Demian Maia def. Mario Miranda via Unanimous Decision (30-27, 30-27, 30-27) after 3 Rounds.
Randy Couture vs. James “Lights Out” Toney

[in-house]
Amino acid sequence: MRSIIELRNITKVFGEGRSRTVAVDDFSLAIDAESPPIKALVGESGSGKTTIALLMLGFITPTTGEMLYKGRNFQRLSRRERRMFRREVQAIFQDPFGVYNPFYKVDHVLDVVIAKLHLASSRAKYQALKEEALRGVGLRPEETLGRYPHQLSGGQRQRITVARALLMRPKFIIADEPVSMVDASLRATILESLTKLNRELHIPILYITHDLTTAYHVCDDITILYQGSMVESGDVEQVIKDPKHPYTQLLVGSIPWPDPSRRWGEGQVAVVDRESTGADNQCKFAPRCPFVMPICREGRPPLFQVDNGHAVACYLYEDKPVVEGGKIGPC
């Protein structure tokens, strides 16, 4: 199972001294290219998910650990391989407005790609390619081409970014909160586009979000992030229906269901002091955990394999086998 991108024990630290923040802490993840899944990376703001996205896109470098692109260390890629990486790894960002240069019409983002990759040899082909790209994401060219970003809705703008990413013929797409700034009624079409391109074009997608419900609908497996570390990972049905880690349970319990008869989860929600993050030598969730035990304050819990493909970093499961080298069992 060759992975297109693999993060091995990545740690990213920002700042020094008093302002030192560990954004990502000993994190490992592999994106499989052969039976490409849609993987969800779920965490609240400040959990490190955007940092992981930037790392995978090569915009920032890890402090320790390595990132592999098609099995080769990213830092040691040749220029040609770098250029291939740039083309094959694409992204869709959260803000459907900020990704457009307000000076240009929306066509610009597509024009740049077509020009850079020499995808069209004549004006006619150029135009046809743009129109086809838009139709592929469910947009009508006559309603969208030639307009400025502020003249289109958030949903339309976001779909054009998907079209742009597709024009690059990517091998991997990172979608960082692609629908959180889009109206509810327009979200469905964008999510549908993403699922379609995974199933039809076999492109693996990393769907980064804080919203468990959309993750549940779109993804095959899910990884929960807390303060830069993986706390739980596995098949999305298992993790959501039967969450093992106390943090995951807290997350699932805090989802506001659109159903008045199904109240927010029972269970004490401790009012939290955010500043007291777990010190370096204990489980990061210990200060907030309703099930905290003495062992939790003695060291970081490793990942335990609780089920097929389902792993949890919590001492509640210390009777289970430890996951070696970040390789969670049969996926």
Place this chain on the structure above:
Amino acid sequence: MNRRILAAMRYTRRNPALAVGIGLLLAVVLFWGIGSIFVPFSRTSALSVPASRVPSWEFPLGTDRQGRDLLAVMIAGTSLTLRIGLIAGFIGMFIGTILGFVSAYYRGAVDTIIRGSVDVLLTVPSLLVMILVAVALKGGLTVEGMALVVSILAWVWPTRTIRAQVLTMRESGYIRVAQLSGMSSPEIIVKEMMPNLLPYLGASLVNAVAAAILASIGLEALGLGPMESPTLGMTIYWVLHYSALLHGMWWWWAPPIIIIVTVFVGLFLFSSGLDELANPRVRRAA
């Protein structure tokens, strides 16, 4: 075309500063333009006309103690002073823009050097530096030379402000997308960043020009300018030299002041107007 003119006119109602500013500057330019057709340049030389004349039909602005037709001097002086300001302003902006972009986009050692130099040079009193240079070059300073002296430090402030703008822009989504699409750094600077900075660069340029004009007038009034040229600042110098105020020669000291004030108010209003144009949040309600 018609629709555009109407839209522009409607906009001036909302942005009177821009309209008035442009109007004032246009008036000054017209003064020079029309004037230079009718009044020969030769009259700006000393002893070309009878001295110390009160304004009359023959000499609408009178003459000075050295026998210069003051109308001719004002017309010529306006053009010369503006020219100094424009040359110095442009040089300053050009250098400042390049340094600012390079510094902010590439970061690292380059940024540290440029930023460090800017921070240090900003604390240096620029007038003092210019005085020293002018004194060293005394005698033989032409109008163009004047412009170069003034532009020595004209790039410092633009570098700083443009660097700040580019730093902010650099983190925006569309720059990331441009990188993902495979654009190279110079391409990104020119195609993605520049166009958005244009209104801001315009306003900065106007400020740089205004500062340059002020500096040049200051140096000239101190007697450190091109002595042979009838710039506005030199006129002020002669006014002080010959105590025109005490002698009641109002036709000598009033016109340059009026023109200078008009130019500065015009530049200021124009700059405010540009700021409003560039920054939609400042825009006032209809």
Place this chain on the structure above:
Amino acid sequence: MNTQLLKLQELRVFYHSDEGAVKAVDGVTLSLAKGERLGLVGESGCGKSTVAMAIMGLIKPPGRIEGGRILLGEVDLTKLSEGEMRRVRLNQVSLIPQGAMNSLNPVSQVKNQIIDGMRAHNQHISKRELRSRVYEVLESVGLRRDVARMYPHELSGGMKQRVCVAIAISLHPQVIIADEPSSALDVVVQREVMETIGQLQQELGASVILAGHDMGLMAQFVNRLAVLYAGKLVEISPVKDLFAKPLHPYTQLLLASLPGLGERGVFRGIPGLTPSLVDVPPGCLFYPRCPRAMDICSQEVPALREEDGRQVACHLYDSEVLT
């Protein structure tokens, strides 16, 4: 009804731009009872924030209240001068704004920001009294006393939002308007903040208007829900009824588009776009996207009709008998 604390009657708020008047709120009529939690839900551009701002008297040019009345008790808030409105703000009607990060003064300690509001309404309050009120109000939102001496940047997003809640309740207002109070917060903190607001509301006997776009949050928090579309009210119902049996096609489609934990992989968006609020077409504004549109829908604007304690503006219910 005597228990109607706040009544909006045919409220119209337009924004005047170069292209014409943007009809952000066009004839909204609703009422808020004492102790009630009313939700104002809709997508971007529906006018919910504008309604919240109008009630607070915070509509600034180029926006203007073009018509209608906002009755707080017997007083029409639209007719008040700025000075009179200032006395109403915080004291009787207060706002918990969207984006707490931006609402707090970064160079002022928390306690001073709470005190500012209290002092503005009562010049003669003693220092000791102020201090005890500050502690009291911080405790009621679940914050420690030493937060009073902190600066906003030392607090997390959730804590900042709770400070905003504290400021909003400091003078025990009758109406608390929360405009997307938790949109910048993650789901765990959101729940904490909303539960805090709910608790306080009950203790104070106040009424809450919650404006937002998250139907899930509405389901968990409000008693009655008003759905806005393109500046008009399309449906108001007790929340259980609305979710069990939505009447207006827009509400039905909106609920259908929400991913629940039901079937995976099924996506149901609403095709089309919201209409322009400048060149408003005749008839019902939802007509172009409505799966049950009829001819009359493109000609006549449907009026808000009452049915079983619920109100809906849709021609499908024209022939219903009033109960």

Round 1: Getting underway now. I know I have a burst of adrenaline as this fight nears right now. James Toney is making his ring walk now. Even with his giant K-Mart ad on the middle-front of his and his camp's t-shirts, which is complimented by the pudgey complextion of the boxer-turned solo MMA freak show participant, he walks to the cage looking to be all business. I'm admittedly looking closer than maybe ever before at facials right now, trying to sense confidence or signs of fear. If I'm being honest, I'd describe Toney's face to appear as one that is feeling the fear, but putting on a well-tested poker face. Toney bobs his head to his song a bit, giving off the appearance of relaxation. Couture's music hits as the lights go out in the TD Garden. His always cool entrance music blares as he makes his way to the cage, looking as he does for any of his other historic trips to the octagon. Crowd is definitely big into Couture, and seems to be very into this fight. Obviously no surprises there. PPV announcers inform us that Dana White is on his feet at cage-side for this one. Bruce Buffer is gearing up to do his thing. He damn near strains a nut on “fighting” for both Toney and Couture. Pretty basic staredown. Couture facially, at this point, appears leaps and bounds more confident than Toney. The round begins. Couture spends maybe five-eight seconds before diving super-low at the legs of Toney. Any real MMA fighter would've walked away from that takedown attempt laughing. Couture still managed to finish it with ease. Within maybe half-a-second Couture passes to full mount. Couture slowly seems to be looking at a potential arm triangle, unless he's just grinding Toney for good measure right now. An unusual “UFC” chant breaks out throughout a large percentage of the fans in the TD Garden. Couture postures up and lands some real nice punches, which land clean and flush to the face of a seemingly helpless Toney. Couture moves Toney against the cage and locks in a half-ass arm triangle, with Toney's body propped up against the cage. He's had it for a while and Couture squeezes for all he's worth now. Still, no dice. Couture re-adjusts his position a bit and goes back in for it again. This time Couture isn't stuck with the cage, and is able to move his own body to the side, tightening up the submission. Toney is choked completely unconscious, with his arms stuck in the air, I.E. Rich Franklin's KO of Nate Quarry. Couture wins by submission. MMA beats boxing, if that's what you want to call it. Couture didn't suffer so much as a single scratch, bump or bruise. Not sure if Toney did anything offensive of any kind in the entire fight, which lasted just a tad over three minutes. Couture completely dominates, as anyone with a brain had already expected. During his post-fight interview, the corner of the winning side announced Couture had recently received his black belt in jiu jitsu. Nice little added “MMA touch” to cap off that portion of the show. Now, it's time to remind ourselves that we have one fight left to go, and it's for the title and it's the main event. That certainly felt like the main event and end of the show just now after Couture-Toney.